The NCAA championships selection show always brings drama and intrigue. Whether it’s a team ranked in the top 28 being assigned to round one or a highly ranked individual specialist being assigned to a regional where it will be almost impossible to advance to nationals, there are always a handful of winners and losers on the day. We’re diving into those teams and individuals, why they lucked out or didn’t and what needs to happen for them to be gymnastics’ Cinderella story in 2022.
Victoria Henry, Ball State (VT)
The selection committee inexplicably assigned one of the individual qualifier spots on vault to North Carolina’s Lali Dekanoidze, who recently underwent surgery after suffering a season-ending knee injury last month against West Virginia. Additionally, because No. 28 Iowa State has been assigned to the play-in round instead of No. 30 N.C. State, two of the Cyclones’ vaulters have been added to the list of qualifiers, bumping Henry further down the list.
Kyla Bryant, Stanford and Skyla Schulte, Michigan State (AA)
Every top all-arounder on a team unlikely to make nationals must have shuddered at the thought of landing in a regional with Jade Carey, and Bryant and Schulte drew the short straws. Carey’s only total under 39.700 was in her first meet, and it was still a 39.650. Both Bryant and Schulte have topped out at 39.675. It’ll take a mistake from Carey or an Oregon State upset that takes her out of the individual equation to open the door.
Lauren Guerin, Iowa (FX)
Floor is always an ultra-competitive event for individuals, and 2022 is no different. Guerin, unlike floor standouts at other regionals, has to contend with UCLA. LSU and Michigan are the likely teams to advance from Raleigh, leaving Guerin to face Chae Campbell, Jordan Chiles, Norah Flatley, Emma Malabuyo and Pauline Tratz, all of whom have scored 9.925 or better. Nevermind Missouri’s Amari Celestine, Jocelyn Moore, Alisa Sheremeta and Hannah McCrary who have all hit at least 9.950. And if one or both gets an upset over LSU or Michigan? Then we have to throw Kiya Johnson, Haleigh Bryant, Gabby Wilson, Sierra Brooks…the list goes on and on…into the mix. Raleigh is stacked. Guerin is ranked above most of her competition, but she might need that ever-elusive 10.0 to advance.
Emily Muhlenhaupt, Boise State (UB)
The Norman regional is absolutely stacked with bars talent. Assuming Minnesota and Oklahoma advance, Muhlenhaupt will have to contend with the entire Cal lineup—including reigning national champion Maya Bordas—Arkansas’ Maggie O’Hara, the excellent bars trio of Alissa Bonsall, Lauren Bridgens and Cassidy Rushlow from Penn State and Arizona’s Alysen Fears. Plus, if Cal is in over Minnesota, Lexy Ramler and Ona Loper are added to the mix. While Muhlenhaupt is the most consistently excellent of the crowded field, any number of gymnasts could go 9.950-plus on the day. It’ll be a fierce competition.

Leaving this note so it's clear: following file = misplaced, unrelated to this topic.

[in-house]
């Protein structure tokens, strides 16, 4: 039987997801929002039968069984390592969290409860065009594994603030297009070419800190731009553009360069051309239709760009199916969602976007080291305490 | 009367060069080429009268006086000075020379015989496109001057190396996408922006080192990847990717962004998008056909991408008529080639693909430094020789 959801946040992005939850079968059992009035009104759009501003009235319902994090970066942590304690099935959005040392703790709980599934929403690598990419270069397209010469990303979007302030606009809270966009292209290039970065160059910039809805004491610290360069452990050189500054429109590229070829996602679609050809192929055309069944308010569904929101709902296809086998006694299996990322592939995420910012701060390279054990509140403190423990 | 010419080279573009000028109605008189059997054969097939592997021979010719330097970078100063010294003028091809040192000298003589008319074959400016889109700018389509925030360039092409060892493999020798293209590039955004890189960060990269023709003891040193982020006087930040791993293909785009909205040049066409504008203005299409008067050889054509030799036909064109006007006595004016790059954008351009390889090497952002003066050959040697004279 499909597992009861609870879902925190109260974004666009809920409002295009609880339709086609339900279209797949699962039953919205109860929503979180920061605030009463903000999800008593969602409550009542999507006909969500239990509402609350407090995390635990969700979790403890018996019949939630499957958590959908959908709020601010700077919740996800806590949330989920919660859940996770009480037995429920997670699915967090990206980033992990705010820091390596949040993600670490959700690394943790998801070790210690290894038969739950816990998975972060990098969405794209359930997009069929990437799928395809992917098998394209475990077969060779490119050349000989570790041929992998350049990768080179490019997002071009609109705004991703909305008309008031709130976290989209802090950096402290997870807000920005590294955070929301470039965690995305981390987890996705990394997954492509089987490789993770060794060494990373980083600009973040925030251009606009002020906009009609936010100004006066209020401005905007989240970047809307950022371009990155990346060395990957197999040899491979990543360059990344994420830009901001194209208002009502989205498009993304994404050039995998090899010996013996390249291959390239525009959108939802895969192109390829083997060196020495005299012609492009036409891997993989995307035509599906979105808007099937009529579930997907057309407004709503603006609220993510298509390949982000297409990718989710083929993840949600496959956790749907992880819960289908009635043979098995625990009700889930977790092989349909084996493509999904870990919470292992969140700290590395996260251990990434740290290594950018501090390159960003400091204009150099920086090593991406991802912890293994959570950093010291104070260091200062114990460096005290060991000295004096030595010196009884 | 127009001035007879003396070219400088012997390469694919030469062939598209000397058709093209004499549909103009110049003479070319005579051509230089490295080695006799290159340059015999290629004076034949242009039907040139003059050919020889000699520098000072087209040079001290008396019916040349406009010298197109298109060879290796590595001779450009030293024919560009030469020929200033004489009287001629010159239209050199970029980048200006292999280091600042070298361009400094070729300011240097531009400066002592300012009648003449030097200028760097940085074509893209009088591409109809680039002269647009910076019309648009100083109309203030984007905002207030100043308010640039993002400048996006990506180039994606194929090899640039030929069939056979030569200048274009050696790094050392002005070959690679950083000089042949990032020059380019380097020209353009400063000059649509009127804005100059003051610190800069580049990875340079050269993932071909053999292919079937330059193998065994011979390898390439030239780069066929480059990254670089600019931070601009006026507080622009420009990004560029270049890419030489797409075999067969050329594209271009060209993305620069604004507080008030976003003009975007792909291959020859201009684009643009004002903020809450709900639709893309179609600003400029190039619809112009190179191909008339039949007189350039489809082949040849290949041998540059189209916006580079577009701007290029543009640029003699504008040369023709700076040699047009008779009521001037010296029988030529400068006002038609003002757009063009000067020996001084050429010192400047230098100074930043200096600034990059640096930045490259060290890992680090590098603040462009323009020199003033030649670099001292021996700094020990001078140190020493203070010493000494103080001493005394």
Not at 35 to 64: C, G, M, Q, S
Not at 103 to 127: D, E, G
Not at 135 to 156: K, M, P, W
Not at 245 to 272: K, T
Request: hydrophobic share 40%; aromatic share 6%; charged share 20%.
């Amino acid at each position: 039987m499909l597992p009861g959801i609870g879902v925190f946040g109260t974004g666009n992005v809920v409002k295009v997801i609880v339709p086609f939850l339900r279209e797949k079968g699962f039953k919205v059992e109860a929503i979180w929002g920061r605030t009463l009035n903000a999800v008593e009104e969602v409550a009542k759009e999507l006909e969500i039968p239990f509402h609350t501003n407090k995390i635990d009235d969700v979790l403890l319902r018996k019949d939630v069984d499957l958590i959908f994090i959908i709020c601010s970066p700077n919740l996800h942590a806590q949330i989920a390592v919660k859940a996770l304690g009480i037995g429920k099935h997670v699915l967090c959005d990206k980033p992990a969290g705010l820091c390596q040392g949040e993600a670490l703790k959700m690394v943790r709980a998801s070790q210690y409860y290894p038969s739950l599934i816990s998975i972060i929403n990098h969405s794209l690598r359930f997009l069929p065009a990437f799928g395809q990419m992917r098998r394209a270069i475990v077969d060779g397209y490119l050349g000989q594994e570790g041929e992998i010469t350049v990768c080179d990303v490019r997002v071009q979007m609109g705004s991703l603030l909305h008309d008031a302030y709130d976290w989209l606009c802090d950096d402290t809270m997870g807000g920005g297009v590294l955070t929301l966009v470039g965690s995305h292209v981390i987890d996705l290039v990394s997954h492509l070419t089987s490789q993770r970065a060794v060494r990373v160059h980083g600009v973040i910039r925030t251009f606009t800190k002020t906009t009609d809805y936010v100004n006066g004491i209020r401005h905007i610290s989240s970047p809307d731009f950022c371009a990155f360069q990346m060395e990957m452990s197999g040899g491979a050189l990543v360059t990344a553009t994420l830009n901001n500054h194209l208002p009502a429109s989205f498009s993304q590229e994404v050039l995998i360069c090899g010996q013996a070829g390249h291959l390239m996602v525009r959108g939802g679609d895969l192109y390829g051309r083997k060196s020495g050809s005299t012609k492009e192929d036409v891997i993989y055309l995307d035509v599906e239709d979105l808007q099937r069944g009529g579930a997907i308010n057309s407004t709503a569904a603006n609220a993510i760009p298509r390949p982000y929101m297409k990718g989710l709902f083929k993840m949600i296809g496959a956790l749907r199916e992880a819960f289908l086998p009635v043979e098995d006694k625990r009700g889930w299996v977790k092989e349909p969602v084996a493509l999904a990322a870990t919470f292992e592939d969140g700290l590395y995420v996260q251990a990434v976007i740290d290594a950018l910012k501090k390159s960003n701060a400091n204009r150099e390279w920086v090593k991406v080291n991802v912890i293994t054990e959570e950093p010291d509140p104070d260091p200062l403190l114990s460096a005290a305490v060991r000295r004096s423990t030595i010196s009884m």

Angelica Labat and Alana Laster, Illinois State (VT) & Suki Pfister (Ball State)
As strong as the Norman regional is on bars, it lacks on vault, giving this Redbird duo a realistic shot at nationals. Vault difficulty isn’t a strength of this regional outside of likely team qualifiers Oklahoma and Minnesota, leaving the door wide open for the Yurchenko one and a halves Illinois State is bringing to the table. Angelica Labat, an NCAA qualifier last season, also has the experience to boot. Similarly, Ball State’s Suki Pfister has scored as high as 9.950 this season on her front handspring pike half. She’s a challenger as well with a stuck landing.
Mara Titarsolej, LIU (UB)
Titarsolej was lucky enough to avoid the bars specialist battle in Norman, where a rash of the nation’s best bar workers will go grip to grip. Titarsolej does have to contend with Suni Lee, but lucky for her, Auburn will likely punch its ticket as a team, taking Lee out of the individual equation. Raena Worley provides big competition, but she’s the most likely all-around competitor to advance out of Auburn, leaving the bars slot open and Titarsolej’s to lose.
Hailey Lui and Alyssa Worthington, New Hampshire (BB)
New Hampshires’ star beamers found themselves in a regional where their biggest competition to advance is each other. Certainly Denver’s Momoko Iwai and Rylie Mundell and Kentucky’s Josie Angeny and Shealyn Luksik might have something to say about that, but Lui and Worthington have been excellent all season and notched 9.975s, a number only Mundell has reached. Plus, Mundell and Raena Worley will likely be battling for the individual all-around spot, almost certainly taking one of them out of the beam equation. Ohio State and Southern Utah each have strong beamers, but they haven’t seen near-perfection. It’s a tight field to be sure, but given the number of 10s and 9.975s thrown on the event this year, Lui and Worthington are lucky to find themselves competing against almost none of them.
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Article by the editors of College Gym News
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